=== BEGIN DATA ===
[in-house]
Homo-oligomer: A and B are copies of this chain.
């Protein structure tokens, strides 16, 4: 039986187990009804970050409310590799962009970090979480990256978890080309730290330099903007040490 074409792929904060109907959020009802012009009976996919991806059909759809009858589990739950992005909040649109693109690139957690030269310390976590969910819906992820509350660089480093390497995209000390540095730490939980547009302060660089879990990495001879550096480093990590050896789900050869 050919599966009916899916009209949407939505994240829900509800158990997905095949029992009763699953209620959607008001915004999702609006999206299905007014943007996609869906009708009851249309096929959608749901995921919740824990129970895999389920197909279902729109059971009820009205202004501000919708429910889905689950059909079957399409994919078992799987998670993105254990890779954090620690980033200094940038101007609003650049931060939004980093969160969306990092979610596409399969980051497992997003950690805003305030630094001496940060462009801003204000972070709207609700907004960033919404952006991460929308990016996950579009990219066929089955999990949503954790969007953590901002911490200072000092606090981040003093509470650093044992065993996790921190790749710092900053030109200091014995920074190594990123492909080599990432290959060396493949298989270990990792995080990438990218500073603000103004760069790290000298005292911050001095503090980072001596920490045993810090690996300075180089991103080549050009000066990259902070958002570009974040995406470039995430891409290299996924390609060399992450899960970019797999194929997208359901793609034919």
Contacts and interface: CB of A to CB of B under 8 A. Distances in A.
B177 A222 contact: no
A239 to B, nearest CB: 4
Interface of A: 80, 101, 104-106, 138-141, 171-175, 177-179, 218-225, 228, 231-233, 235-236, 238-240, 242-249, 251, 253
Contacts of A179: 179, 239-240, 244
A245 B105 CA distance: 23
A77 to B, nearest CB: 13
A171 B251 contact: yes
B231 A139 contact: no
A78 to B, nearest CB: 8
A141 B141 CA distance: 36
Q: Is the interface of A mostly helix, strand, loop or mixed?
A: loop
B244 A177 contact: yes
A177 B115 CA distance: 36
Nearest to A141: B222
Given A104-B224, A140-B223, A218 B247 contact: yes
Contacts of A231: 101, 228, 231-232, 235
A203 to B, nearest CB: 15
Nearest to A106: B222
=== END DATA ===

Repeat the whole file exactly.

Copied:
[in-house]
Homo-oligomer: A and B are copies of this chain.
């Protein structure tokens, strides 16, 4: 039986187990009804970050409310590799962009970090979480990256978890080309730290330099903007040490 074409792929904060109907959020009802012009009976996919991806059909759809009858589990739950992005909040649109693109690139957690030269310390976590969910819906992820509350660089480093390497995209000390540095730490939980547009302060660089879990990495001879550096480093990590050896789900050869 050919599966009916899916009209949407939505994240829900509800158990997905095949029992009763699953209620959607008001915004999702609006999206299905007014943007996609869906009708009851249309096929959608749901995921919740824990129970895999389920197909279902729109059971009820009205202004501000919708429910889905689950059909079957399409994919078992799987998670993105254990890779954090620690980033200094940038101007609003650049931060939004980093969160969306990092979610596409399969980051497992997003950690805003305030630094001496940060462009801003204000972070709207609700907004960033919404952006991460929308990016996950579009990219066929089955999990949503954790969007953590901002911490200072000092606090981040003093509470650093044992065993996790921190790749710092900053030109200091014995920074190594990123492909080599990432290959060396493949298989270990990792995080990438990218500073603000103004760069790290000298005292911050001095503090980072001596920490045993810090690996300075180089991103080549050009000066990259902070958002570009974040995406470039995430891409290299996924390609060399992450899960970019797999194929997208359901793609034919």
Contacts and interface: CB of A to CB of B under 8 A. Distances in A.
B177 A222 contact: no
A239 to B, nearest CB: 4
Interface of A: 80, 101, 104-106, 138-141, 171-175, 177-179, 218-225, 228, 231-233, 235-236, 238-240, 242-249, 251, 253
Contacts of A179: 179, 239-240, 244
A245 B105 CA distance: 23
A77 to B, nearest CB: 13
A171 B251 contact: yes
B231 A139 contact: no
A78 to B, nearest CB: 8
A141 B141 CA distance: 36
Q: Is the interface of A mostly helix, strand, loop or mixed?
A: loop
B244 A177 contact: yes
A177 B115 CA distance: 36
Nearest to A141: B222
Given A104-B224, A140-B223, A218 B247 contact: yes
Contacts of A231: 101, 228, 231-232, 235
A203 to B, nearest CB: 15
Nearest to A106: B222